"What?", he inquired, tossing his napkin on the empty plate.

"I always knew you could end up in a job where you had to hurt people. You're too good at it, always was."

"Well, what can I say? I had good teachers", he replied right off the bat, leaving Nina speechless. Yes, she knew. Chon thought that she was one of those teachers. A long pause fell between them as they both stared out the window, only to avoid having to face the truth by looking at each other.

"So... who is he?", he popped out.

"Who's who?", she retorted, although she knew what he wanted to know. She just didn't feel like answering it.

"The man who gave you that ring."

Nina looked away as she couldn't possibly face him. "You don't know him."

"This might surprise you, but I do know a whole lot of people in this place."

"You know Chon, you and I, we don't exactly run in the same circles", Nina snapped. He crossed his arms defiantly, a cocky grin on his lips, and shook his head.

"Don't be naive, babe."

That simple four-letter word used to be his refuge for whenever he wanted to make up for something he had done or, on rare occasions, when he really meant to call her that. This time, it was neither of those. It carried such irony that it made Nina wish she hadn't heard it.

"His name is Vince", she said, and watched for a moment as the gears in his brain worked on that information, searching for all the Vinces he knew, unable to settle for one who could be her fiance. No matches found. Hell, his name could be James or Michael, and Chon still wouldn't find a man who was good enough to marry her.

"Vince Clift", she completed, and then the piece fell into place.

"Clift and Associates. Lawyer. Really?", he asked, tilting his head to the side. Nina nodded as Chon gazed at her, and she was sure that he was thinking of all the flaws he could find in Vince. They were probably the same flaws that Nina saw in him as well, but that was something she wouldn't even confess to herself. Finally, he let out a short laugh.

"This is so fucked up."

"How, exactly?"

Chon leaned closer, over the table.

"You're... you're the girl from Seville, all right? Right now, I'm staring at this fucking card that has someone else's name on it, and you sound like you're from fucking Iowa or something. That's how this is fucked up. You're..."

He trailed off, but the sentence continued in his head. Mine.

It took her a few moments to take that in. This was classic Chon – holding it all up and then suddenly spilling out his precious words on a rant.

"Well, it's not like you're the exact same person you were fourteen years ago, is it?"

"We're talking about you here."


Nina shifted in her chair and looked at him, looking at her. Her mind got distracted for a moment and there she was, counting the freckles on his face again. Like she would really forget that he had something between 14 and 18 freckles, depending on how long it took before she gave up counting and gave in to a kiss. She lowered her eyes to his hands, clutched together on the table, inches away from hers; she moved her hands half an inch, before deciding that one touch was one too many, and settling for an honest, non-ironic answer.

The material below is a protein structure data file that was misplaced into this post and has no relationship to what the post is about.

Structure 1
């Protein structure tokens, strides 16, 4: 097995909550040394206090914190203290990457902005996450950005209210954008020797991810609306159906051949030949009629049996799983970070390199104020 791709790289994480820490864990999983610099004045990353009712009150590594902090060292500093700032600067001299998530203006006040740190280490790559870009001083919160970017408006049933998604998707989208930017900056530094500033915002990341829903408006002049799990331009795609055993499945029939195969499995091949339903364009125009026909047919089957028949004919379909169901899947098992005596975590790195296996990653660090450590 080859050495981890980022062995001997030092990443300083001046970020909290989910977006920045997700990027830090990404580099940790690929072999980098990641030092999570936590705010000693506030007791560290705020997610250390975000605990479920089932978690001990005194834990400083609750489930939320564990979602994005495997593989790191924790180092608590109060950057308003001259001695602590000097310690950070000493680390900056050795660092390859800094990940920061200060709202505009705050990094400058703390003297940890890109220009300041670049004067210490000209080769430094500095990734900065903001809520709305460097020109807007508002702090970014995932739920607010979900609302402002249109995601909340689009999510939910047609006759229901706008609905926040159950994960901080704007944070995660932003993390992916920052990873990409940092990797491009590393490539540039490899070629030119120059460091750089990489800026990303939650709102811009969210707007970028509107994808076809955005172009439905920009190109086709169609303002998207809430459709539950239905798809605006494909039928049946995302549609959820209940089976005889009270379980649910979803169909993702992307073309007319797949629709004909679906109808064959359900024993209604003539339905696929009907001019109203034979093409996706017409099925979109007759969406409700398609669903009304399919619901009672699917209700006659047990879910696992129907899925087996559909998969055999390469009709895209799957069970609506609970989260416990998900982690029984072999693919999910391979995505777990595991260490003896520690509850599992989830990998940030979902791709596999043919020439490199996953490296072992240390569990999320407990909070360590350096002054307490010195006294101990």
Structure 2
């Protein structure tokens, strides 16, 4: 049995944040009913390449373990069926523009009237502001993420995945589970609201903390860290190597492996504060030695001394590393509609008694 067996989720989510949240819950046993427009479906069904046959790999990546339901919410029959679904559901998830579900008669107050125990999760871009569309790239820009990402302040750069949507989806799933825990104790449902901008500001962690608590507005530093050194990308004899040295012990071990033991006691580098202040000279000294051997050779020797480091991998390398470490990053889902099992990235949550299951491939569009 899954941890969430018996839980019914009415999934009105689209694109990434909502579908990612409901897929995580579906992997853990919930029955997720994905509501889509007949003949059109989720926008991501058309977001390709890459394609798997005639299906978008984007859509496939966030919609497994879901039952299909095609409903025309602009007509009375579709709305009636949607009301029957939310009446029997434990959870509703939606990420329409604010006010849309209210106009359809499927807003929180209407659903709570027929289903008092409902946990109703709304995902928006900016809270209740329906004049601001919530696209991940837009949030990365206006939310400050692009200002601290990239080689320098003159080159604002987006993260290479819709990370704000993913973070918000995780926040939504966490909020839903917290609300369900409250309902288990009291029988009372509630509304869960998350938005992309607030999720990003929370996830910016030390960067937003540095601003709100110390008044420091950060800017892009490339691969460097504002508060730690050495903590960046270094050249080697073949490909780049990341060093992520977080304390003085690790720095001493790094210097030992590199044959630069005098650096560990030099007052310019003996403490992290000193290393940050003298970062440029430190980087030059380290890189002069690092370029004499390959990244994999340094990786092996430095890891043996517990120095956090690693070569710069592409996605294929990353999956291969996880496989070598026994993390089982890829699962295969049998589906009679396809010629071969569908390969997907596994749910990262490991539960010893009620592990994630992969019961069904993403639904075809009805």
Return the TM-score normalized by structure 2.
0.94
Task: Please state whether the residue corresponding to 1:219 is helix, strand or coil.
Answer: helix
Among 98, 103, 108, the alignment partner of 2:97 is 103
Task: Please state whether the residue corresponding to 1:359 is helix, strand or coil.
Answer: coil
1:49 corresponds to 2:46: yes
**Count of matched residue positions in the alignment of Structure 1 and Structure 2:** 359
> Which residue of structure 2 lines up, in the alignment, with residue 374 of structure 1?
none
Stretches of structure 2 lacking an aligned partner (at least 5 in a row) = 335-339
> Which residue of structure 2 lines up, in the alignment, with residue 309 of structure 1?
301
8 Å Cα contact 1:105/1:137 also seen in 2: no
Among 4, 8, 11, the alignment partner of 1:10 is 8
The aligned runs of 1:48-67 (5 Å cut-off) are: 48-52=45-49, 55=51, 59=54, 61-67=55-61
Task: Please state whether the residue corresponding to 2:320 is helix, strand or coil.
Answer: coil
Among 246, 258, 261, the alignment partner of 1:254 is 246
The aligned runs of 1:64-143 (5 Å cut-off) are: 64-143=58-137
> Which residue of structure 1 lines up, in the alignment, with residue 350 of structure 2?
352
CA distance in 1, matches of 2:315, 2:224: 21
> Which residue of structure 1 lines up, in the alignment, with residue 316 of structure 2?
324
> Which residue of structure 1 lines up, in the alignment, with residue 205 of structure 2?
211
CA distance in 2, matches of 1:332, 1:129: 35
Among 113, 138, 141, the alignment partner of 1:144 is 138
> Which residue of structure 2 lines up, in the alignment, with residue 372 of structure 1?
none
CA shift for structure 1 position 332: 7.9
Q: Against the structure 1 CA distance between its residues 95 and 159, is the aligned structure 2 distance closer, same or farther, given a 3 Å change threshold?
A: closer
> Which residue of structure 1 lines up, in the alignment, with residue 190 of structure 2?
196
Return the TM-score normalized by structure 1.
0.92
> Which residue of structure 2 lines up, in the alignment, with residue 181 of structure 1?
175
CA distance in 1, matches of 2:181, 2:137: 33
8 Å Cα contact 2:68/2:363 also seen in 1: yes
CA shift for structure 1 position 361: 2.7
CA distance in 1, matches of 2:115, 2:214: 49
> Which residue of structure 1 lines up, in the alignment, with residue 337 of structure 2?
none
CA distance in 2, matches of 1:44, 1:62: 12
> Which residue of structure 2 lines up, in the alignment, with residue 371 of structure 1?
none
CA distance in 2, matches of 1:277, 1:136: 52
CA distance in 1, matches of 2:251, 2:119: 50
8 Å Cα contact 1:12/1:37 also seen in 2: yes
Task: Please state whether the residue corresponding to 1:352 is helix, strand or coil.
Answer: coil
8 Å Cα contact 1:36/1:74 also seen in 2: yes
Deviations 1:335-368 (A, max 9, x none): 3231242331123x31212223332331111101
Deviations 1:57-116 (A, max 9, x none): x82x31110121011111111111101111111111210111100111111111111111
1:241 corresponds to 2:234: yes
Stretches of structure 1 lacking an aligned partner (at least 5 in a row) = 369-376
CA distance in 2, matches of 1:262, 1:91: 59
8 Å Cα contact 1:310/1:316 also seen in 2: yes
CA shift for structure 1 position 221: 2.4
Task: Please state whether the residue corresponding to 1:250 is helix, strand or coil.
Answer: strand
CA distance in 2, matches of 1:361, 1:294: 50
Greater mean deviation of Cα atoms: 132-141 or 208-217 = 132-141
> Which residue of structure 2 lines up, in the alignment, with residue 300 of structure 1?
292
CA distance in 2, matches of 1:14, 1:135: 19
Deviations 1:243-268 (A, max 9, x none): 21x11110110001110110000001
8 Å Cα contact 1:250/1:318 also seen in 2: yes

"All this... the name, the accent, the fancy card, it's just a facade", she said, the tone of her voice soft and low. "You know how this town works. It's a matter of survival, of carrying on four hotels by myself, making ends meet."

"Is being engaged part of that facade too, Nina?"

Point blank, no mercy, just like that. The rudeness of the question made Nina lean back on the chair with a mortified smile, her eyes down to her lap where she kept turning her engagement ring around her finger. The time it took her to come up with an answer showed both of them how unsure she was about that. Chon loved to ask trick questions and watch, amused, as people struggled to find a way out, but not this time. Seeing Nina with her head low, wordless, was almost painful. She finally leveled her eyes with his.

"It's not."

A smug smirk crossed his face and Nina felt like choking him.

"See? Lame ass liar."

His smile faded as blood rushed to her face and the chatter from the other tables covered for everything they weren't saying to each other. Chon always had a penchant for being cynical, but now everything about him – the way he crossed his arms, the snicker on his lips, the inflection of his words – was so caustic that it burned every good intention Nina had when she invited him for breakfast. There was just one last thing Nina needed to ask him before their meal was over. Only it didn't came out as a question.

"The scars."

He stared at the table for a while, as if staring at the memories that led up to that answer, and Nina started to regret having said anything. He said he had joined the Navy, of course the story wasn't going to be "I woke up one morning and hit my head against the bunk bed above me." Her words hung in the air as he came up with a classic, Chon-like monosyllabic answer.


Stan, Nina repeated in her head a couple of times until it made sense. Afghani... stan. Paki... stan. Death. Sand. Heat. Scars. It was all there, in his eyes, and that was when Nina stopped looking for something familiar in him and reached a sad conclusion: John McAlister, as she knew him, was gone.